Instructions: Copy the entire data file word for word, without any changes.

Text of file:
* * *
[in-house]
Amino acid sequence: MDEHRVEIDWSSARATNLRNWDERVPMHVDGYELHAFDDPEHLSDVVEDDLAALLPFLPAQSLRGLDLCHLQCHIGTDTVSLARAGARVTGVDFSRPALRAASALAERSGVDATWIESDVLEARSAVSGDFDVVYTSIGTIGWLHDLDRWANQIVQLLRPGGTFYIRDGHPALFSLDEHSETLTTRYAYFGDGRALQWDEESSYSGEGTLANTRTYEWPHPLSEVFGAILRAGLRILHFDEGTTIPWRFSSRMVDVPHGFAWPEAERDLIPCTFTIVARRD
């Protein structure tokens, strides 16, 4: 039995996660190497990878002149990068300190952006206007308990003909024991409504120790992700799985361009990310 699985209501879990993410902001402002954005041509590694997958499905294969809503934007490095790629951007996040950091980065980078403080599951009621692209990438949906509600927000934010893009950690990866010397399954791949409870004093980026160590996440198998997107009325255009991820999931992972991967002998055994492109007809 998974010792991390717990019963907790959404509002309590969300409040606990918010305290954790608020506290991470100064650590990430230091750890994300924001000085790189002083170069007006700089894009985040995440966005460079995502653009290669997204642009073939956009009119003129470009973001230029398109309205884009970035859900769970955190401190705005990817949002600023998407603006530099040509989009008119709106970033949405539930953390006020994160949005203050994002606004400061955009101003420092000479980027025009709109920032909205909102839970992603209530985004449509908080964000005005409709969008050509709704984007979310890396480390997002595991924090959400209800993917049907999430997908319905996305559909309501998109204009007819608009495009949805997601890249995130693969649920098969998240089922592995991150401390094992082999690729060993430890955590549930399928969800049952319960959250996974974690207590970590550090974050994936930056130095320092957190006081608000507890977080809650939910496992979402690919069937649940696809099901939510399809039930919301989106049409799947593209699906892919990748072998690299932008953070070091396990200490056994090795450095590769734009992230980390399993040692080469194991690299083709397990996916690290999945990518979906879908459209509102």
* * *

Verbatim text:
[in-house]
Amino acid sequence: MDEHRVEIDWSSARATNLRNWDERVPMHVDGYELHAFDDPEHLSDVVEDDLAALLPFLPAQSLRGLDLCHLQCHIGTDTVSLARAGARVTGVDFSRPALRAASALAERSGVDATWIESDVLEARSAVSGDFDVVYTSIGTIGWLHDLDRWANQIVQLLRPGGTFYIRDGHPALFSLDEHSETLTTRYAYFGDGRALQWDEESSYSGEGTLANTRTYEWPHPLSEVFGAILRAGLRILHFDEGTTIPWRFSSRMVDVPHGFAWPEAERDLIPCTFTIVARRD
């Protein structure tokens, strides 16, 4: 039995996660190497990878002149990068300190952006206007308990003909024991409504120790992700799985361009990310 699985209501879990993410902001402002954005041509590694997958499905294969809503934007490095790629951007996040950091980065980078403080599951009621692209990438949906509600927000934010893009950690990866010397399954791949409870004093980026160590996440198998997107009325255009991820999931992972991967002998055994492109007809 998974010792991390717990019963907790959404509002309590969300409040606990918010305290954790608020506290991470100064650590990430230091750890994300924001000085790189002083170069007006700089894009985040995440966005460079995502653009290669997204642009073939956009009119003129470009973001230029398109309205884009970035859900769970955190401190705005990817949002600023998407603006530099040509989009008119709106970033949405539930953390006020994160949005203050994002606004400061955009101003420092000479980027025009709109920032909205909102839970992603209530985004449509908080964000005005409709969008050509709704984007979310890396480390997002595991924090959400209800993917049907999430997908319905996305559909309501998109204009007819608009495009949805997601890249995130693969649920098969998240089922592995991150401390094992082999690729060993430890955590549930399928969800049952319960959250996974974690207590970590550090974050994936930056130095320092957190006081608000507890977080809650939910496992979402690919069937649940696809099901939510399809039930919301989106049409799947593209699906892919990748072998690299932008953070070091396990200490056994090795450095590769734009992230980390399993040692080469194991690299083709397990996916690290999945990518979906879908459209509102």